I didn't include what happened after dinner, because I only wanted opinions about the dinner. But believe me when I say that he turned out to be a pretty awful date.

I wonder if that was retaliatory rudeness on his part.

I doubt he was aware enough to realize what he was doing. I don't want to start discussing what happened or what they were doing. They both didn't come out looking so hot, but the dinner etiquette was something that I knew everyone here could give me answers with.

I really appreciate everyone taking the time to give me their input. If it ever gets brought up again, I can explain it to her better.

Now that you've got out opinions, can you tell us what happened on the rest of the date?

I'm glad you asked first..... because that was a real teaser and I'm dying to know now.

Haha, I'm glad you feel the same, I deliberated for ages before posting that question because I was worried I'd look too nosy.  Also, by 'out opinions' I obviously mean 'our opinions'.

Lynn2000

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Re: First date paying for dinner question.
« Reply #110 on: March 28, 2012, 11:35:22 PM »
First, thank you, Decimus, I now want to change my screen name to Dollymop.  :P

Back on track... FWIW, I'm about Sara's age and I don't hold the view that a first date must of course, without even the need to speak of it, include dinner, even when other non-dinner activities have been specifically agreed to. Nor do I feel that the man must automatically pay for this dinner, should it occur, just because he's the man.

That said, I don't think it's necessarily wrong of Sara to feel this way. Hey, whatever, she can believe that a true first date must include hamster races and duct tape crafts. What I think is wrong is 1) to not state her expectations upfront when the date was in the planning stages (even better, put them in her profile) and 2) to try and pressure the guy into paying when he clearly had no plan to (first clue--didn't invite her to dinner, second clue--had already eaten, third clue--spent no money on himself at the restaurant, fourth clue--did not reach for the check!).

Other posters have covered 1) pretty well, but I dislike 2) a lot as well. Like I said, I think it's fine if that's what she WANTS. But, on a first date especially, aren't people paying close attention to the other person, trying to figure out if they're compatible with each other? Especially if they've only just met online? I just think it's very rude that she ignored all the signals he was giving off that he was NOT going to pay for dinner, and tried to get him to do it anyway. It makes her seem very self-centered, like she wasn't even interested in his thoughts or beliefs about things. For me there's just something very entitled about one adult saying to another adult, practically a stranger, "Hey, aren't you going to buy this for me?!" when the other person has shown NO interest in doing so up to that point.

If she had turned him away at the door when he said he'd already eaten, I would think her less rude on that score--at least that would mean she realized he was probably not of the same fundamental attitude as her, and respected his time enough to not waste it further. From that point on it just feels to me like she was trying to see how much she could get out of him, and I don't think that's a polite attitude to take on a date.

BTW, OP, I appreciate you withholding the rest of the date story so far. In no way am I criticizing those who are curious, but I think this has been a really interesting discussion so far, and I have a feeling that if you DO post the rest of the date, the discussion is going to change completely! :)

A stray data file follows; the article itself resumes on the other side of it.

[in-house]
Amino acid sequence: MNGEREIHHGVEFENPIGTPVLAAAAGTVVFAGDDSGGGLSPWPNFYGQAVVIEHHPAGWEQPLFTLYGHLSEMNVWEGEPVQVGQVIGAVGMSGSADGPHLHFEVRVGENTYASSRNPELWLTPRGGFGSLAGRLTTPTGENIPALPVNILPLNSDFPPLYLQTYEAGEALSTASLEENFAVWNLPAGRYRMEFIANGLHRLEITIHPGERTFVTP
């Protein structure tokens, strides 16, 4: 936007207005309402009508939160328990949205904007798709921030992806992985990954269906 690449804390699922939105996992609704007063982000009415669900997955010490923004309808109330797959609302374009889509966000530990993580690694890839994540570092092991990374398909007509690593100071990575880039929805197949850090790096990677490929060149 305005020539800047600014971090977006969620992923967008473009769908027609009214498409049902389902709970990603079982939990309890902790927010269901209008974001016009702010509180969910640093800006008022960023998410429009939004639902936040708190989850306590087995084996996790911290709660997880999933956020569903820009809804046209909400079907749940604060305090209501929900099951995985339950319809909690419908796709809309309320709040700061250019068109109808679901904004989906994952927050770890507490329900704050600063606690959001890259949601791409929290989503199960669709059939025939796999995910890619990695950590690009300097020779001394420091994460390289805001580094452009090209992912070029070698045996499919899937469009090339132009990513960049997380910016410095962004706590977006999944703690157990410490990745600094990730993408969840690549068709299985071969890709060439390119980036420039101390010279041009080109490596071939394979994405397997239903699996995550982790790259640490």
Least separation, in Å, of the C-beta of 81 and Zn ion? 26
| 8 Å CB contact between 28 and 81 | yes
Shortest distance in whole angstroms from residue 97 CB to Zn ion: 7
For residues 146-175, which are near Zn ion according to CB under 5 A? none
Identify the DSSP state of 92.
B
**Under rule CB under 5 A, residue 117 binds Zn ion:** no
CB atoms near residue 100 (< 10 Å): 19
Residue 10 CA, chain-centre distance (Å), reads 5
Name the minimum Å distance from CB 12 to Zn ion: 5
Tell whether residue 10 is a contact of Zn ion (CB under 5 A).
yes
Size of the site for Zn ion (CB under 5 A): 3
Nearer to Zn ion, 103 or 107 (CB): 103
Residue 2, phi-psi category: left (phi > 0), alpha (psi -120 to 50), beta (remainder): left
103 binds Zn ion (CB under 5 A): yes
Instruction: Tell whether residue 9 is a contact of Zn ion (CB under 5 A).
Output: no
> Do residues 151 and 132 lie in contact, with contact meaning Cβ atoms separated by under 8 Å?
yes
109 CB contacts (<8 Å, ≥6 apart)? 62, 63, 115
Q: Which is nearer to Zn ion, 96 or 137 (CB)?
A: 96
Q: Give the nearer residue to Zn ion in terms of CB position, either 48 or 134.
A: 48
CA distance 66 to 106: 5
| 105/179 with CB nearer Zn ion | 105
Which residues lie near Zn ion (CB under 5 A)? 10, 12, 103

~Lynn2000

Allyson

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Re: First date paying for dinner question.
« Reply #111 on: March 29, 2012, 12:56:20 AM »
There are two ways of politely dealing with who buys the meal. The old-fashioned way is that the man invites the woman, selects the venue, and pays, while the woman smiles at his choices, even if they're soda crackers and tap water for two. The new way involves more flexiblity in who can suggest where to eat, but also suggests that people are on their own for what they order.

This is pretty much how I feel, also. I don't really like it when someone expects 'traditional' behaviour from their date, but then seems to think they can act in whatever way they want. He's a mooch or a loser for not following traditional etiquette and paying for everything--but she's perfectly in the rights to drag him out to dinner?

I'd feel the same way were it a guy who expected his date to be perfectly made up and behaving in a traditionally 'ladylike' way while he honked at her from his car rather than approaching the door, and so on.

Twik

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Re: First date paying for dinner question.
« Reply #112 on: March 29, 2012, 01:22:14 PM »
I agree that it was more than he could afford. My response was to your post suggesting that Sara was trying to get a fancy meal on someone else's dime. To her, that restaurant wasn't a fancy one and she also ordered on the low side. She probably thought she was being a good date.

I agree she "thought" it. But she's terribly naive, if she thought she was being a good date by demanding to be fed, and ignoring all cues from her date that it was more than he could afford. What is a cheap meal for some people is a month's free cash for others.

She seems to feel that, "Oh, I'm not interested in whether my date is rich, I'm very non-materialistic," but then assumes that all men must be at least on her financial level, with oodles of cash to spare on impressing her. She will have to learn that this is not always, or even often, true.
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nonesuch4

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Re: First date paying for dinner question.
« Reply #113 on: March 30, 2012, 07:23:04 PM »
I've been reading with interest, as I've returned to dating after a 27 year respite.